It is just a rumour and there is no fake rudraksha coming from China. In fact, China has become a major importer of rudrakshas for a couple of years. Nepali rudrakshas are getting more popular in China nowadays. To overcome this dilemma, the first thing a buyer needs to keep in mind is to buy from a reliable source. You can also differentiate an original rudraksha from a fake by its colour because an original rudraksha’s colour changes once you start wearing it. When you first buy a rudraksha it is cream in colour and as you wear it, it becomes darker. If some part has been manipulated, then that part does not change its colour. The colour of an artificial rudraksha does not change.

What determines the price of a rudraksha?

The price of a rudraksha is mainly determined as per its availability. Those that are rare to find are more expensive. The four-face, five-face and six-face rudrakshas are available in plenty in Nepal. You can actually buy them in kilos. Then those that are seven-face and above are sold on per unit basis because it is difficult to find them. The line on the bead which starts from top to bottom is called mukhi (face). When the availability is low its demand rises and subsequently the price too. Rudrakshas above 14 mukhi are limited so higher the mukhi the more difficult it is to find them thus they are more expensive. The most expensive is 21 mukhi.

How has the market for rudrakshas developed over the years?

Unlike in the past, these days there are scores of shops selling rudrakshas in the Pashupati area. Even in Haridwar, Varanasi and various Shiva temples across India there is a huge market for it. In fact, if you look up on the internet you will find hundreds of sites selling rudrakshas. So the market for rudrakshas has been growing quite substantially. Around 2014, the Chinese too entered this market and they buy a lot of rudrakshas from Nepal. They also go to Indonesia and buy whole trees. However, the Chinese are more attracted towards the flat and similar types of rudrakshas of same mukhi specially up to 14 mukhi. During one of my visits to China, I found that Chinese people love playing with rudrakshas and enjoy it as a type of therapy. They wear a bracelet with 13 rudrakshas and keep rotating it and when the rudrakshas become shinier and darker they consider it better. Before the pandemic the Chinese market was good. For two years the market in China has shrunk otherwise there would be thousands of Chinese vendors in Khandbari area. In comparison, I feel we Nepalis do not use rudrakshas so much. The main market for rudrakshas is India, especially for religious purposes. If you look at the market at the moment you will notice that more than us, it is the Chinese who are buying and using rudraksha. Even though the market has seen positive growth, buyers must be wary of new sellers who might provide lower quality rudraksha or might recommend based on what’s available in their inventory rather than what the end user actually needs.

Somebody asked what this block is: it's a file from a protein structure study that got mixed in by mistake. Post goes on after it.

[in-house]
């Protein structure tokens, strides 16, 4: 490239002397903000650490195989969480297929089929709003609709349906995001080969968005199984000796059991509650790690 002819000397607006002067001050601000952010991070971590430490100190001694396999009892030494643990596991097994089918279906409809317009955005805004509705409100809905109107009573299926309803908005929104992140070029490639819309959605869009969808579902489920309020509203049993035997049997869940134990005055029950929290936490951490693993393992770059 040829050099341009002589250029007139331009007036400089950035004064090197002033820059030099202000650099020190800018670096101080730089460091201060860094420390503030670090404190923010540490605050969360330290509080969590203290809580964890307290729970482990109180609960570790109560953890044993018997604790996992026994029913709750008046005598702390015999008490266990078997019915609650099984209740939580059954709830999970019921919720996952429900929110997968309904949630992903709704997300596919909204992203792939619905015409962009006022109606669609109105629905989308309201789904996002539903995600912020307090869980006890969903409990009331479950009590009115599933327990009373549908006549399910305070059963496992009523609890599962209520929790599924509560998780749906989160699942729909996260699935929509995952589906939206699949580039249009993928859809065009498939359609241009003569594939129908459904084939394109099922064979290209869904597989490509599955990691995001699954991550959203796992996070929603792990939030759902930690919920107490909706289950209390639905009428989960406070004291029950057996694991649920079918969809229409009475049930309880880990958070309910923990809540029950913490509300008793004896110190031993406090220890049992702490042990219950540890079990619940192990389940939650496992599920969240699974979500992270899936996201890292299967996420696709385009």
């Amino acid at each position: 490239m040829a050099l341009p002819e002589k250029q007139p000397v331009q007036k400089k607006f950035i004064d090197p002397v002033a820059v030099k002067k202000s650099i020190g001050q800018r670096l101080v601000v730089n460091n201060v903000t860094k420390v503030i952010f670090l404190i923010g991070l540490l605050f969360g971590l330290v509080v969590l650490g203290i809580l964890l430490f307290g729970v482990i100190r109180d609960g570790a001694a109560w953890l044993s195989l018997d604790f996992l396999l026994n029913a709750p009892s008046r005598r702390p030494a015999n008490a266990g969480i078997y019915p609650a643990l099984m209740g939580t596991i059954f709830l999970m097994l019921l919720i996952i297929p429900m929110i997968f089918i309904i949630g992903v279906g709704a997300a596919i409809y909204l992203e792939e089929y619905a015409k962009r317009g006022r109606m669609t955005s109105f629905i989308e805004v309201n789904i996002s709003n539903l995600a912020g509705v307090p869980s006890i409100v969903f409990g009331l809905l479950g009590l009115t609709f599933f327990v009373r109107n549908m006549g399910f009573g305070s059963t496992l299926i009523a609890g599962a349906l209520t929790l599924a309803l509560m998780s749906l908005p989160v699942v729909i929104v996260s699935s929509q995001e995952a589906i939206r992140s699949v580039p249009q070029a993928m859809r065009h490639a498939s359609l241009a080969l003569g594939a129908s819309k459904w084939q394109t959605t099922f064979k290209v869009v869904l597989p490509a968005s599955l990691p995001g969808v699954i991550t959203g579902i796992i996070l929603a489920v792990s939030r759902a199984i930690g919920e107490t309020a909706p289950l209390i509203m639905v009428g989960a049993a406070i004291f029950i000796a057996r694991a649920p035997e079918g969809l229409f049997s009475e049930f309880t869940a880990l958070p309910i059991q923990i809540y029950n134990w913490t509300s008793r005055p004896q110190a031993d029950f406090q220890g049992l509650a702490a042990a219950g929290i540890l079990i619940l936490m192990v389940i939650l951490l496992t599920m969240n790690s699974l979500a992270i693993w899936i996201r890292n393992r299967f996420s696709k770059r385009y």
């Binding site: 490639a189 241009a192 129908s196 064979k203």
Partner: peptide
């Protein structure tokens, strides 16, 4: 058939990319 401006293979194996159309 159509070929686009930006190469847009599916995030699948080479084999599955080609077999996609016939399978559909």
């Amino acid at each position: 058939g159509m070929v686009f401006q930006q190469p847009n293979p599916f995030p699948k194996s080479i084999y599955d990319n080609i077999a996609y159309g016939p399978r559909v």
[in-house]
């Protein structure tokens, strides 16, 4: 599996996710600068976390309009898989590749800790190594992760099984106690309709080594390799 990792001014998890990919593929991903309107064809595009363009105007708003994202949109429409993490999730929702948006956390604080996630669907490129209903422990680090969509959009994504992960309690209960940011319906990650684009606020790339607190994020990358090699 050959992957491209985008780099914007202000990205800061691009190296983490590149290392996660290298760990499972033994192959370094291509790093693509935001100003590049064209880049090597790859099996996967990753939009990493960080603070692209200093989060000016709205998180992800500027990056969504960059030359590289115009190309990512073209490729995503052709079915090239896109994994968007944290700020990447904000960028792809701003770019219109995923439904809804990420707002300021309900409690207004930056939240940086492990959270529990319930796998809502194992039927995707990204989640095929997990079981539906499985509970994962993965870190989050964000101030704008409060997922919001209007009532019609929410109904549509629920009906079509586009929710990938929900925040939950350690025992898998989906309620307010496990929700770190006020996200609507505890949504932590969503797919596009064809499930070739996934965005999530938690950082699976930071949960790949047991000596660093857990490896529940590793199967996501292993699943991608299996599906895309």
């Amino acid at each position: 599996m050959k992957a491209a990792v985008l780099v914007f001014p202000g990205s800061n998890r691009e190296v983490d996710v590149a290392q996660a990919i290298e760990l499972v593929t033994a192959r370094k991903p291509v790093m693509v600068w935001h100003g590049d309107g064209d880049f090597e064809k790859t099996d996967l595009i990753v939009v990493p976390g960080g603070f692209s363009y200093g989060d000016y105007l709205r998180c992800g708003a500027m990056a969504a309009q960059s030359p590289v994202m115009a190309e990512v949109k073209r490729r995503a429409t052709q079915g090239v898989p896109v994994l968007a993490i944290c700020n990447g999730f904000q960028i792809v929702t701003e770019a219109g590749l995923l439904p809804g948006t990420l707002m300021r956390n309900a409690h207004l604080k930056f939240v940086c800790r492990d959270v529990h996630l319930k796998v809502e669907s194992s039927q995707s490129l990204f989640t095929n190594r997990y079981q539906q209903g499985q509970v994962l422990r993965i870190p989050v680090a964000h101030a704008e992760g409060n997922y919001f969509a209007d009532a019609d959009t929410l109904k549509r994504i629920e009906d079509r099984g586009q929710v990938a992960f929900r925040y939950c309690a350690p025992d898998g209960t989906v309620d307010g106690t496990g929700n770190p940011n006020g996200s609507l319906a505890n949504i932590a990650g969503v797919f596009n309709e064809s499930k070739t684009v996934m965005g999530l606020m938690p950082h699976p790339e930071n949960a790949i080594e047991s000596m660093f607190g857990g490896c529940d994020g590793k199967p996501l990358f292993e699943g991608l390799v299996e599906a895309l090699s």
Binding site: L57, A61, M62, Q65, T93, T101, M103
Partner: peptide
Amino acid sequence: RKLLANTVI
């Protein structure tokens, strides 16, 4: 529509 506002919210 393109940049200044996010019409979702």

Are there any conditions or obligations that need to be fulfilled while wearing a rudraksha?